by Tim Howington
I am a thinker. Or at least I think I am. Descartes says, “I think therefore I am”, so I guess I am. I am an engineer at heart, my degree is in computer science engineering (linear thinker, problem solver, logical and sequential). But I am also a bit of a philosopher (love to engage with the abstract and essential life questions like- who am I, where did I come from, where am I going). That combination of engineering and philosophy puts me in a spot to ponder a variety of issues and then come up with some practical solutions.
I love the Bible and theology because it holds real insight to the real issues of the world. I always find it amusing when people discount the Bible as relevant because in my experience it is the only thing that makes sense in real life. I am a self-proclaimed practical theologian which basically means that the part of theology I enjoy is the application of our theological studies in the real world.
But when a problem gets beyond my ability to solve (and that happens more than I care to admit) I begin to freeze. My thoughts become cloudy and even though I keep pondering the situation, if I am unable to come up with a solution my mind begins to panic. My strength of thinking transitions to be my worst nightmare. I now begin to think through the consequences (real and imagined). Unless I begin to focus on truth, I can allow my mind to take me to places that I have no business going. And I begin to lose the battle.
The key to winning the battle for the mind has to do with what we allow our minds to focus on. If we focus on our problems, then we will plant seeds of anxiety that will grow into a real sense of hopelessness. If we focus on what God can do, then our minds will begin to experience contentment. Now I know that our thoughts may not pay the light bill or get us that promotion or fix that fractured relationship. But thinking about the right things keeps our hearts with the right perspective, which affects our attitudes, which allows us to struggle well in times of adversity.
What should we be thinking about? Continue reading “think about such things”
The western idea of retirement is an interesting one, and to be honest, it may be one of the weaker ones out there. We are supposed to take care of our kids, our aging parents, needs in our faith communities, and the larger communities that we live in. At the same time, we are supposed to stockpile enough savings to carry us through 10, 20, or sometimes 30 non-working years referred to as retirement. Additionally, we are expected to live a long, healthy life, independent of all assistance from our grown children, our church, or our government.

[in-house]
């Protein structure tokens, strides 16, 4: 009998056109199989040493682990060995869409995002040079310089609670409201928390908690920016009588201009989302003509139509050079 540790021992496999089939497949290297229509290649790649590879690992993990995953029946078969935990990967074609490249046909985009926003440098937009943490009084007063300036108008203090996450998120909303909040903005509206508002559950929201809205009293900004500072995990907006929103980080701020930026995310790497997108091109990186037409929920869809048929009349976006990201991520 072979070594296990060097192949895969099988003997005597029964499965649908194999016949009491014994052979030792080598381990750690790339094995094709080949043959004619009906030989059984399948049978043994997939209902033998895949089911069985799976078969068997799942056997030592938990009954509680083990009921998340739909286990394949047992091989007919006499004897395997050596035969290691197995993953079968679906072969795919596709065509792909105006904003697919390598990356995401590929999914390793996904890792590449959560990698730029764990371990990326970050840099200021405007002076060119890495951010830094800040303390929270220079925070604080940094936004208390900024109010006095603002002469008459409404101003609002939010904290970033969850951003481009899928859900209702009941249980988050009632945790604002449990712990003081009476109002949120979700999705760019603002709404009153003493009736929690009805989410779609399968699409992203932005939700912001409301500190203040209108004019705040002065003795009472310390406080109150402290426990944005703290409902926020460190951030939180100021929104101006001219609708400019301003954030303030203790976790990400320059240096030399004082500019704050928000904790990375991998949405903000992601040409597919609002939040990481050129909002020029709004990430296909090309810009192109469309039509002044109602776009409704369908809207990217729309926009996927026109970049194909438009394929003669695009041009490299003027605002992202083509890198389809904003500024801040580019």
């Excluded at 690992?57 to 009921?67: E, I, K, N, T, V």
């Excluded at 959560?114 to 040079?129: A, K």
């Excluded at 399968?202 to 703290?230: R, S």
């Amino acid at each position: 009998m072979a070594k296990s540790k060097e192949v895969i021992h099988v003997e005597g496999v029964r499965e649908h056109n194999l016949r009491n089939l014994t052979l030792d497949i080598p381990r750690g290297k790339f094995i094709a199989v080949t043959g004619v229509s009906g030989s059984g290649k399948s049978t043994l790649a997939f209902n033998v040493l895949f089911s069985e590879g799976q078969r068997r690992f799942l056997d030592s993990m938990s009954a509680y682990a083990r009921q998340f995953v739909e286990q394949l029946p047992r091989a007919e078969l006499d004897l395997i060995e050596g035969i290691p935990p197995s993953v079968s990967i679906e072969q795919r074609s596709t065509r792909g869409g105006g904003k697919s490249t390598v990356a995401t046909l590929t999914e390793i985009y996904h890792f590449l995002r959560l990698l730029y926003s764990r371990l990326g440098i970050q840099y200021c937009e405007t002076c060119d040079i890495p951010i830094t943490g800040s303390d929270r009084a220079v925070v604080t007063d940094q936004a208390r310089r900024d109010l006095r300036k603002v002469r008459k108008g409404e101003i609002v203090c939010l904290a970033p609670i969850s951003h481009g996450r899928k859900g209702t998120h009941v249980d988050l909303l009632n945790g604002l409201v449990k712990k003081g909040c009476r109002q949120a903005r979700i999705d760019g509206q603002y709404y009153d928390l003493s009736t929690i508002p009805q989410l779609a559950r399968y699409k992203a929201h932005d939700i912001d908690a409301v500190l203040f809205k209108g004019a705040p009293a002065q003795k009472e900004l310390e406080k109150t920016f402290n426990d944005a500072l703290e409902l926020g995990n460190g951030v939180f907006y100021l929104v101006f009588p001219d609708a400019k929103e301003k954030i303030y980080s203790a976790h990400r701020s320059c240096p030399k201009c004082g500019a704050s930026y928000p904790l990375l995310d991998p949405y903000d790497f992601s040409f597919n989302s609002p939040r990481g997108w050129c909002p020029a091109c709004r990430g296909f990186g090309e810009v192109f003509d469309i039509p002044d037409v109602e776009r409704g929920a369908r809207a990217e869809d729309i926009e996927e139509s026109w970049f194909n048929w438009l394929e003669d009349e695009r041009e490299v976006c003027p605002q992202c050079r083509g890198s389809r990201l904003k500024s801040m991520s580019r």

This is the American Dream for retirement, and for some, they have been able to be prepared in this manner. However, for many of us, this is the American Nightmare full of shame, regret, and tremendous pressure.
How we wish we could go back and talk to our 22-year-old self and plead with him or her to put more money aside, but we can’t. To our chagrin, our retirement days can be some of the scariest we have faced. Can God be trusted during these days? Continue reading “Can GOD be Trusted in our Old Age? Psalms 71”
Ever wonder what Jesus had to say about money?
Some say that He spoke as much about money as heaven or hell. Ever wondered where the Bible verses are located regarding this topic? We have taken the guess work out of it. We have identified the key passages in the gospels where Jesus talks about money, uses money to illustrate something or where money intersects strongly with the topic at hand. Click here to get the study!
Side note: Some of the parables about money are in more than one gospel, so we included it all. You can compare between them for your own edification!
One of the biggest transitions for a newly married couple is moving from me to we. After a life of singleness, the coming together can be a challenge for the two-some. This is true for several areas but particularly challenging in the area of finance. The number one cause of divorce is unresolved conflict, and while couple fight over a lot of things, conflict over finances is at the top of the list.
One of the more interesting analogies in the faith walk is the picture of Christ as husband and the Church as bride. While that picture is compelling, it can also be helpful in understanding how we can relate to the Lord. As we continue our study of Biblical principles about money, this study covers verses from Acts to Revelations. This portion of Scripture looks at the early church (the Bride of Christ). From a great history lesson in Acts, to instructional letters to the young church from the apostles, this section is rich with things we need to know as believers, including principles about money.
Let us know if you want a copy! Info on Resource Page.